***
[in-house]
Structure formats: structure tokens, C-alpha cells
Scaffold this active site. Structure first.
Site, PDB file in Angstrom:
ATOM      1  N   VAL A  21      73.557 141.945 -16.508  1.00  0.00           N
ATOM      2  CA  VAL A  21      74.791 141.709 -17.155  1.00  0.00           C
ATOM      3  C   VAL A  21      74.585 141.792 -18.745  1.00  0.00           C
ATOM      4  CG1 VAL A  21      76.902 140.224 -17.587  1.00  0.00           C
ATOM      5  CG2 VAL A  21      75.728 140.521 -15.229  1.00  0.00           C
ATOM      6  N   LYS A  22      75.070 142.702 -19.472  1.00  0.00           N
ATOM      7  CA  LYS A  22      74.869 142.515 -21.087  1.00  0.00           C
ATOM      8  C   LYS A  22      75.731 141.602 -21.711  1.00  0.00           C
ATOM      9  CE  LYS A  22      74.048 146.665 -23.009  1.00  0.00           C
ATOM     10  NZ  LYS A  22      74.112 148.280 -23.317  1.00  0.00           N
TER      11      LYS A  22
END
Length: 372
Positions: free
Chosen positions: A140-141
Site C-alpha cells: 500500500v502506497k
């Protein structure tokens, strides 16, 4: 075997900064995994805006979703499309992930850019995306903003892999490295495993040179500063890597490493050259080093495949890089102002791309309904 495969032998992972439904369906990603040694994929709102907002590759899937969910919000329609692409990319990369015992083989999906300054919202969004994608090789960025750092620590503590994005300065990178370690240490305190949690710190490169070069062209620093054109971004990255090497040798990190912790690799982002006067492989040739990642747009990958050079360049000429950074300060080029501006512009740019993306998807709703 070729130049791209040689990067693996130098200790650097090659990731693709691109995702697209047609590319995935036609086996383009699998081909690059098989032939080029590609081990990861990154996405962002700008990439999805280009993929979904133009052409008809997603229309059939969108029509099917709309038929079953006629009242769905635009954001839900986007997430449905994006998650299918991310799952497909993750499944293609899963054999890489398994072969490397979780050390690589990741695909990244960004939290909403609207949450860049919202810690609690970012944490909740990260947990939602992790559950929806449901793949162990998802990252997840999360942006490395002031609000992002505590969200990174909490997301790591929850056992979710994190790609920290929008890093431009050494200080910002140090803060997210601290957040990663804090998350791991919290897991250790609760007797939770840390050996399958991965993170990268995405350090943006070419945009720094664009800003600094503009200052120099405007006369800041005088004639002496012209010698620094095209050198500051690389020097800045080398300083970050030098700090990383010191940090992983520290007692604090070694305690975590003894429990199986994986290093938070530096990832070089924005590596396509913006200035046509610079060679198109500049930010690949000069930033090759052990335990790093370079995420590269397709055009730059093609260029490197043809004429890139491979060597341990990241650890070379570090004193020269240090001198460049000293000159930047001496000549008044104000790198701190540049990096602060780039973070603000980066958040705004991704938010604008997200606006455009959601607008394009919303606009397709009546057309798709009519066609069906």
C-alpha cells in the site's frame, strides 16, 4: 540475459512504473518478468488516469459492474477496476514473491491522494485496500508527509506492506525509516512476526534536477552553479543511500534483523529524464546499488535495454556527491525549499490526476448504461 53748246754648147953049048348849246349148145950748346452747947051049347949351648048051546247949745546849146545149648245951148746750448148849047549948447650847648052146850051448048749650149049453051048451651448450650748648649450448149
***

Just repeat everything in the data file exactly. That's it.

[in-house]
Structure formats: structure tokens, C-alpha cells
Scaffold this active site. Structure first.
Site, PDB file in Angstrom:
ATOM      1  N   VAL A  21      73.557 141.945 -16.508  1.00  0.00           N
ATOM      2  CA  VAL A  21      74.791 141.709 -17.155  1.00  0.00           C
ATOM      3  C   VAL A  21      74.585 141.792 -18.745  1.00  0.00           C
ATOM      4  CG1 VAL A  21      76.902 140.224 -17.587  1.00  0.00           C
ATOM      5  CG2 VAL A  21      75.728 140.521 -15.229  1.00  0.00           C
ATOM      6  N   LYS A  22      75.070 142.702 -19.472  1.00  0.00           N
ATOM      7  CA  LYS A  22      74.869 142.515 -21.087  1.00  0.00           C
ATOM      8  C   LYS A  22      75.731 141.602 -21.711  1.00  0.00           C
ATOM      9  CE  LYS A  22      74.048 146.665 -23.009  1.00  0.00           C
ATOM     10  NZ  LYS A  22      74.112 148.280 -23.317  1.00  0.00           N
TER      11      LYS A  22
END
Length: 372
Positions: free
Chosen positions: A140-141
Site C-alpha cells: 500500500v502506497k
């Protein structure tokens, strides 16, 4: 075997900064995994805006979703499309992930850019995306903003892999490295495993040179500063890597490493050259080093495949890089102002791309309904 495969032998992972439904369906990603040694994929709102907002590759899937969910919000329609692409990319990369015992083989999906300054919202969004994608090789960025750092620590503590994005300065990178370690240490305190949690710190490169070069062209620093054109971004990255090497040798990190912790690799982002006067492989040739990642747009990958050079360049000429950074300060080029501006512009740019993306998807709703 070729130049791209040689990067693996130098200790650097090659990731693709691109995702697209047609590319995935036609086996383009699998081909690059098989032939080029590609081990990861990154996405962002700008990439999805280009993929979904133009052409008809997603229309059939969108029509099917709309038929079953006629009242769905635009954001839900986007997430449905994006998650299918991310799952497909993750499944293609899963054999890489398994072969490397979780050390690589990741695909990244960004939290909403609207949450860049919202810690609690970012944490909740990260947990939602992790559950929806449901793949162990998802990252997840999360942006490395002031609000992002505590969200990174909490997301790591929850056992979710994190790609920290929008890093431009050494200080910002140090803060997210601290957040990663804090998350791991919290897991250790609760007797939770840390050996399958991965993170990268995405350090943006070419945009720094664009800003600094503009200052120099405007006369800041005088004639002496012209010698620094095209050198500051690389020097800045080398300083970050030098700090990383010191940090992983520290007692604090070694305690975590003894429990199986994986290093938070530096990832070089924005590596396509913006200035046509610079060679198109500049930010690949000069930033090759052990335990790093370079995420590269397709055009730059093609260029490197043809004429890139491979060597341990990241650890070379570090004193020269240090001198460049000293000159930047001496000549008044104000790198701190540049990096602060780039973070603000980066958040705004991704938010604008997200606006455009959601607008394009919303606009397709009546057309798709009519066609069906």
C-alpha cells in the site's frame, strides 16, 4: 540475459512504473518478468488516469459492474477496476514473491491522494485496500508527509506492506525509516512476526534536477552553479543511500534483523529524464546499488535495454556527491525549499490526476448504461 53748246754648147953049048348849246349148145950748346452747947051049347949351648048051546247949745546849146545149648245951148746750448148849047549948447650847648052146850051448048749650149049453051048451651448450650748648649450448149